EDG: If money was no object, you didn’t need to product test this beer and had unlimited resources what kind of beer would you make?
Rich: If I had unlimited resources, and this is probably humble dream because I’m limited by what I have so I don’t dream too far but I think...right now I haven't done any barrel aged beers because I don't have space for the barrels. Traditionally I haven't had space for the barrels. I’m hoping maybe this tasting room will change that dynamic. I think I would like to do a really good whiskey barrel aged amber ale. That would be fun and if money was no object I would do it on a somewhat reasonable scale and still have some extra money left to buy some stainless steel fermentors or whatever the hell I want. I would really love to get on a regular schedule of making that and being known for that whiskey beer, that amber whiskey ale.
EDG: Some breweries offer food and some have food vendor pop ups, do you foresee anything similar occurring in the future?
Rich: Yea. It’s funny, again, I’ll admit I’m kinda like a cave dweller. I made jokes on Facebook just this past week that I’m reluctantly crawling out of the garage. There was a guy who came in last Friday who’s an artist who has a gallery a few blocks away in Ridgewood and he came in and said ‘I wanna come in and see the brewery.’ and I said ‘If you’re gonna come in, it's a Friday, I’m filling kegs. The only way you’ll come in is if you help me fill kegs.’ So he did, he came in and helped me fill kegs, we knocked them out in three hours and retired back to the bar. I poured him a flight and poured him whatever was his favorite and when we got talking he had mentioned just that. Pop-up. I can’t even wrap my head around food. I’m supposed to have a tasting room, I’m supposed to supply snacks, which I intend to do but I don’t have a kitchen in this space. He had mentioned pop-up kitchens. I’ll admit that when he said it I was like “really?! I haven’t seen that.’ Maybe that sounds completely absurd but again, I don’t get out much but when he said that, it got me thinking that I would be totally willing to do that and maybe it’s something I’ll explore if somebody out there that maybe reads your article that does this, I’m more than willing to talk to them about it because that would be fantastic. I got some pretty cool double doors that open up, if that somehow better accommodates a pop-up kitchen. I’m on the one floor. He was saying that this would be a great spot for a pop-up kitchen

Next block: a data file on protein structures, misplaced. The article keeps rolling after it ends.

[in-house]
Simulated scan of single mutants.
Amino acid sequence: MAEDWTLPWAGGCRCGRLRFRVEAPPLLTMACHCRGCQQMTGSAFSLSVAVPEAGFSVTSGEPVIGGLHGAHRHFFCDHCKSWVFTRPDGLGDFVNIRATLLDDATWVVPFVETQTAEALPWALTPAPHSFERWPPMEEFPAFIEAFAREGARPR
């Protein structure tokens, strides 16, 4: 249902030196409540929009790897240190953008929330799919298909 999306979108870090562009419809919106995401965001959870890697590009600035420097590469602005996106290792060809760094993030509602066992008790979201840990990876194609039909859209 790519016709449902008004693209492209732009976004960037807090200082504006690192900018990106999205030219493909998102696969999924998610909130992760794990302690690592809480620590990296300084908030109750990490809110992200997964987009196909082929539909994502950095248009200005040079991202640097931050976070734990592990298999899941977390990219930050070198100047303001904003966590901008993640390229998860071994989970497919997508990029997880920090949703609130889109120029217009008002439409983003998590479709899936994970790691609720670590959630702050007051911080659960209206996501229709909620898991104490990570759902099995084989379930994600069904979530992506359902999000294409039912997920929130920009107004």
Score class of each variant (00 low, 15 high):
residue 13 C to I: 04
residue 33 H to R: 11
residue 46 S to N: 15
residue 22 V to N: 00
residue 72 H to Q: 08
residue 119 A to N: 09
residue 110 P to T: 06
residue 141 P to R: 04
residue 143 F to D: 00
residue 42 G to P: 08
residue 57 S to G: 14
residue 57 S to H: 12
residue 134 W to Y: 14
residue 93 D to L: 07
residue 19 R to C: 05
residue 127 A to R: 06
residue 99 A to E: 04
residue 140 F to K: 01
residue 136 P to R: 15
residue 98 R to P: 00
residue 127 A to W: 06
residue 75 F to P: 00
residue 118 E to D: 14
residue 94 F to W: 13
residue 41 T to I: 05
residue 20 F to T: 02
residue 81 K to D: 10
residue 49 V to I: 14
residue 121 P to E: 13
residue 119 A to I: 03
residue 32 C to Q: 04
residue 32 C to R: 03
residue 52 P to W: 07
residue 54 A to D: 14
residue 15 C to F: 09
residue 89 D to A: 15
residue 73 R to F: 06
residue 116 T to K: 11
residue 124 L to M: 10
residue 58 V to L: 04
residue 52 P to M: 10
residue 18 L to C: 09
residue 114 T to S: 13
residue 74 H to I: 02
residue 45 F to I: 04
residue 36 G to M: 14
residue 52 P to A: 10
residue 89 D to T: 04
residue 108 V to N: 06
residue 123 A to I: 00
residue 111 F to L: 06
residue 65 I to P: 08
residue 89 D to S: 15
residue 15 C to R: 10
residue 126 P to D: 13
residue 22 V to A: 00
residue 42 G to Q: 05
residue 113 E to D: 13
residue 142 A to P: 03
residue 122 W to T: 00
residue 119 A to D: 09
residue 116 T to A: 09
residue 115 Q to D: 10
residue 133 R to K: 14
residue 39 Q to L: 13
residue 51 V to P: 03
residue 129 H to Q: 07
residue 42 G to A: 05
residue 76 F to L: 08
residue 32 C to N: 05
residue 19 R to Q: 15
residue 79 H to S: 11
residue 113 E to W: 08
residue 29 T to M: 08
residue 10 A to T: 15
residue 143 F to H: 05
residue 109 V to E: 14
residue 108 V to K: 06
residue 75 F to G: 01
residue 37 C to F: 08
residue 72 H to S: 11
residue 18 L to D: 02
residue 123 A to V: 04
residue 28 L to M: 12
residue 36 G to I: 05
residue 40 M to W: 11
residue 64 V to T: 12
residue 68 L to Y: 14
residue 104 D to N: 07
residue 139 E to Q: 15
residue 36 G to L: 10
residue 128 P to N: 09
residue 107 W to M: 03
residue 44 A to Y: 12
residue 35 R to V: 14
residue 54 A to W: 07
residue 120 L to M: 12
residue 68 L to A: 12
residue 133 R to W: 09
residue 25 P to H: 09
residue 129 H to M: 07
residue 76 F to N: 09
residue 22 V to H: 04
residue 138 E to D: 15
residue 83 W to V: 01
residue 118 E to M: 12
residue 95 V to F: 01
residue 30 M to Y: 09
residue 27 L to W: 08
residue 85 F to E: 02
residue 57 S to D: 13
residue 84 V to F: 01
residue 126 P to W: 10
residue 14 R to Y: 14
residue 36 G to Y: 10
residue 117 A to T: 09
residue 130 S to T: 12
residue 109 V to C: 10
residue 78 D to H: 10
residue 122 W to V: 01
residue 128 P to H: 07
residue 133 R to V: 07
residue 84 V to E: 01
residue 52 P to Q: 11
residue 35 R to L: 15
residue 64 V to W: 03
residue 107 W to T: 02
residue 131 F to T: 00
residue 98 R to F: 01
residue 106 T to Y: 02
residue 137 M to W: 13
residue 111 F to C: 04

EDG: What advice can you offer to home brewers?
Rich: work with what you have and don't take no for an answer. By that I mean the biggest thing homebrewers deal with in the NYC area is space. I know now that they sell these one gallon kits. I’ve never seen a one gallon kit but to me it seems a little discouraging. You are putting in a fair amount of time. Get creative. If you can get second or third uses out of particular equipment that also function in the kitchen. I went for a while brewing 2.5 gallon batches because my carboy just fit in the closet. I didn’t even have room for a 5 gallon carboy. I used to have one pot that was my boil kettle that also doubled as my mash tun because I used to put the pot in the oven. I would mix my mash and put the pot into oven on warm and it would retain the temperature. A lot of people give up their equipment because they don’t have the room but if you like how it feels to make beer then get creative, don’t take no for an answer and work with what you have. Take good notes.